Towards a functional understanding of protein N-terminal acetylation.

Arnesen T - PLoS Biol. (2011)

Functional effects of N-terminal acetylation. 1.Nat complexes associate with ribosomes to perform co-translationalNt-acetylation of a majority of eukaryotic proteins [8]. 2.N-terminal ubiquitination promotes degradation of N-terminally unacetylatedproteins, thus Nt-acetylation may protect proteins from this degradationpathway [15]. 3. The newly discovered N-end rulebranch involves the degradation of Ac-N-degrons via the Doa10 E3 ubiquitinligase [18]. 4. Nt-acetylation is essential for thefunctioning of actin filaments by modulating protein–proteininteractions [21]–[23]. 5. Tfs1requires its acetylated N-terminus to directly inhibit the cytosoliccarboxypeptidase CPY [24]. 6. Nt-acetylation targets theGTPases Arl3p and Grh1p to the Golgi membrane [25]–[27].7. Trm1p-II requires Nt-acetylation for proper associationto the inner nuclear membrane [28]. 8.Nt-acetylated Sir3p specifically interacts with unmethylated lysine 79 ofhistone H3 in silenced chromatin and is essential for proper gene silencing[32]. 9. Nt-acetylation preventspost-translational translocation through the ER membrane [33].
© Copyright Policy
Related In: Results  -  Collection

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getmorefigures.php?uid=PMC3104970&req=5

pbio-1001074-g002: Functional effects of N-terminal acetylation. 1.Nat complexes associate with ribosomes to perform co-translationalNt-acetylation of a majority of eukaryotic proteins [8]. 2.N-terminal ubiquitination promotes degradation of N-terminally unacetylatedproteins, thus Nt-acetylation may protect proteins from this degradationpathway [15]. 3. The newly discovered N-end rulebranch involves the degradation of Ac-N-degrons via the Doa10 E3 ubiquitinligase [18]. 4. Nt-acetylation is essential for thefunctioning of actin filaments by modulating protein–proteininteractions [21]–[23]. 5. Tfs1requires its acetylated N-terminus to directly inhibit the cytosoliccarboxypeptidase CPY [24]. 6. Nt-acetylation targets theGTPases Arl3p and Grh1p to the Golgi membrane [25]–[27].7. Trm1p-II requires Nt-acetylation for proper associationto the inner nuclear membrane [28]. 8.Nt-acetylated Sir3p specifically interacts with unmethylated lysine 79 ofhistone H3 in silenced chromatin and is essential for proper gene silencing[32]. 9. Nt-acetylation preventspost-translational translocation through the ER membrane [33].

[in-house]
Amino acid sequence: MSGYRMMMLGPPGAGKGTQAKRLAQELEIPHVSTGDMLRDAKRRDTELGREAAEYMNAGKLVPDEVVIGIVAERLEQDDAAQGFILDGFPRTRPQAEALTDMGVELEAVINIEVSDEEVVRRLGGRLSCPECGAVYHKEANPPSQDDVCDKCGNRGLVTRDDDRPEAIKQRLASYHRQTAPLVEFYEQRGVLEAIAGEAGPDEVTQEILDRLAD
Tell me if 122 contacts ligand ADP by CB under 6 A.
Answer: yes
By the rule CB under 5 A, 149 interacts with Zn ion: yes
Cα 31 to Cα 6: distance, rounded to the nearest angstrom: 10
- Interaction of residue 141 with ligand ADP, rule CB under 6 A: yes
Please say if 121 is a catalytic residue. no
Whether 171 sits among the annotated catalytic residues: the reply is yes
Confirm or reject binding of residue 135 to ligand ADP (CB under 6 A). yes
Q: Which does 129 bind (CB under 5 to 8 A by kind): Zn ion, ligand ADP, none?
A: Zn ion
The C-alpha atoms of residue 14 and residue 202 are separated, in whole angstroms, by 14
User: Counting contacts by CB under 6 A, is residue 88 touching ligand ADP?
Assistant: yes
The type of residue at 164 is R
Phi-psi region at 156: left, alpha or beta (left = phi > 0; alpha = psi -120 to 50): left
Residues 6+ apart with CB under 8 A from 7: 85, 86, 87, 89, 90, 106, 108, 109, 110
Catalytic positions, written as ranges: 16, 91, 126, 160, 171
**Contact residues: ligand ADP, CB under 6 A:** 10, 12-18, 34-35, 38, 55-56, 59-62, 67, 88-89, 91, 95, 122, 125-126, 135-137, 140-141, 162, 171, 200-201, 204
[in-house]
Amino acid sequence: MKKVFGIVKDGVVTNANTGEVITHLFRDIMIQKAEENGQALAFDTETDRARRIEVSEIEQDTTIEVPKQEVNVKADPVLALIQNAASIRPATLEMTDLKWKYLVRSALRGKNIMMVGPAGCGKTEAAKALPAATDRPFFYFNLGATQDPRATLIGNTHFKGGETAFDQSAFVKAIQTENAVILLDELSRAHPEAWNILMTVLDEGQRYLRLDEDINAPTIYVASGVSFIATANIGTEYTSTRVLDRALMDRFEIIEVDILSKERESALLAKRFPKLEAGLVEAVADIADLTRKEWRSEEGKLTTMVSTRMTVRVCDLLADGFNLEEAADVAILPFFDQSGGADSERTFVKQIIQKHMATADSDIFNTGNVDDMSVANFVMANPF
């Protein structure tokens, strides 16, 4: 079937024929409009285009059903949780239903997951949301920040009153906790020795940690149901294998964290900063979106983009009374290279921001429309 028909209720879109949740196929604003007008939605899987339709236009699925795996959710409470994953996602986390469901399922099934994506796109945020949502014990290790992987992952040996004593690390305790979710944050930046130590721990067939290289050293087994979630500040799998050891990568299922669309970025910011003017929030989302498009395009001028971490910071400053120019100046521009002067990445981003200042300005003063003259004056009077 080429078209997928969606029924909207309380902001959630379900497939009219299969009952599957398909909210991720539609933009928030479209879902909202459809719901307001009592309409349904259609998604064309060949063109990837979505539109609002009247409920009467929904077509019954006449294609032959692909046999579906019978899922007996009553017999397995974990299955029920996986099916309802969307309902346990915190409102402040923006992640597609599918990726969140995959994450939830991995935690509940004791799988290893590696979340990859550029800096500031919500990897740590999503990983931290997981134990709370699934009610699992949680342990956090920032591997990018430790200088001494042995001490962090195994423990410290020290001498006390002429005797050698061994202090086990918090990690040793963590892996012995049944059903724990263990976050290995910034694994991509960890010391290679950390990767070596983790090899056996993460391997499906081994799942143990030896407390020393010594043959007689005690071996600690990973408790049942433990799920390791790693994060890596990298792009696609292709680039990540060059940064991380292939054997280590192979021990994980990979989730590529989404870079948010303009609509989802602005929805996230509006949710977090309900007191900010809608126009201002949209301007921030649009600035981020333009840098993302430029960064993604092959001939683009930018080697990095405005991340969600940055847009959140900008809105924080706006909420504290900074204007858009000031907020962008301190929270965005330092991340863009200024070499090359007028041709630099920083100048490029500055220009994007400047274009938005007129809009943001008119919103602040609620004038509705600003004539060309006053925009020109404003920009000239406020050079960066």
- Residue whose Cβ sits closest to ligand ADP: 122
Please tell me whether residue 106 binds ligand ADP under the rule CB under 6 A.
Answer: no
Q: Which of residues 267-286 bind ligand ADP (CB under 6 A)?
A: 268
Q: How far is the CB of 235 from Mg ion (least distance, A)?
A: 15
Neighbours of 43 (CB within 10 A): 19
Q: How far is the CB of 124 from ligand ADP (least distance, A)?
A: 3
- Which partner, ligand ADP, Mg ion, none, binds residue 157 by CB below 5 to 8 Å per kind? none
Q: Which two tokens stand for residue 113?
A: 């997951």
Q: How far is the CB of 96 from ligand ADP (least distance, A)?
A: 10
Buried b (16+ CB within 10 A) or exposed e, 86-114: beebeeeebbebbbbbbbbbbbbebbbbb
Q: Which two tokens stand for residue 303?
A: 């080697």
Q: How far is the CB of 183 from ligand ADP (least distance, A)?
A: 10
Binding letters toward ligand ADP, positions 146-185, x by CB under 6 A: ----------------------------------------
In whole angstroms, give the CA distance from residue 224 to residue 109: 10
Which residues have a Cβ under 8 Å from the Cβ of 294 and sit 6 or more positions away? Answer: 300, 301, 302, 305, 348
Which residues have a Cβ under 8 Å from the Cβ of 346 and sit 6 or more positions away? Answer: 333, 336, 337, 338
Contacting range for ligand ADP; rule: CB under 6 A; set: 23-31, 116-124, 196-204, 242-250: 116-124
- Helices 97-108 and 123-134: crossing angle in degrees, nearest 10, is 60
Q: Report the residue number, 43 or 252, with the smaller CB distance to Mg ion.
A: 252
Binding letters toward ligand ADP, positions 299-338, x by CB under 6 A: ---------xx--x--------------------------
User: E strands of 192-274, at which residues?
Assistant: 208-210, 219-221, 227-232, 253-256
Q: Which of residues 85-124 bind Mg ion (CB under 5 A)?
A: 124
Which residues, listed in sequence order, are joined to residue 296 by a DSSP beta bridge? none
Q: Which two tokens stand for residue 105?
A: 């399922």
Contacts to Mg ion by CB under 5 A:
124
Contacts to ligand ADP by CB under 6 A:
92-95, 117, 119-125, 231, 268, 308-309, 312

Mentions: Unlike most other protein modifications, Nt-acetylation is irreversible; it occursmainly during the synthesis of the protein, catalyzed by N-terminalacetyltransferases (NATs) associated with ribosomes [4]–[7] (Figure 1 and Figure 2, point 1). There are severaldistinct NATs in eukaryotes—NatA‐NatF—each composed of one ormore subunits and each acetylating a specific subgroup of N‐termini dependingon the amino acid sequence of the first few amino acids [8]. The Nt‐acetylationpatterns and the NAT machinery appear to be similar in all organisms from lowereukaryotes like the yeast Saccharomyces cerevisiae to highereukaryotes [1],[9], [10], althoughhigher eukaryotes have more protein Nt‐acetylation and express more NATs thanyeast do [1],[8].

Bottom Line: Fifty years after its discovery, a potential general function of the N-terminal acetyl group carried by thousands of unique proteins remains enigmatic.However, recent functional data suggest roles for N-terminal acetylation as a degradation signal and as a determining factor for preventing protein targeting to the secretory pathway, thus highlighting N-terminal acetylation as a major determinant for the life and death of proteins.These contributions represent new and intriguing hypotheses that will guide the research in the years to come.

View Article: PubMed Central - PubMed

Affiliation: Department of Molecular Biology, University of Bergen, Bergen, Norway. thomas.arnesen@mbi.uib.no

ABSTRACT
Protein N-terminal acetylation is a major modification of eukaryotic proteins. Its functional implications include regulation of protein-protein interactions and targeting to membranes, as demonstrated by studies of a handful of proteins. Fifty years after its discovery, a potential general function of the N-terminal acetyl group carried by thousands of unique proteins remains enigmatic. However, recent functional data suggest roles for N-terminal acetylation as a degradation signal and as a determining factor for preventing protein targeting to the secretory pathway, thus highlighting N-terminal acetylation as a major determinant for the life and death of proteins. These contributions represent new and intriguing hypotheses that will guide the research in the years to come.

Show MeSH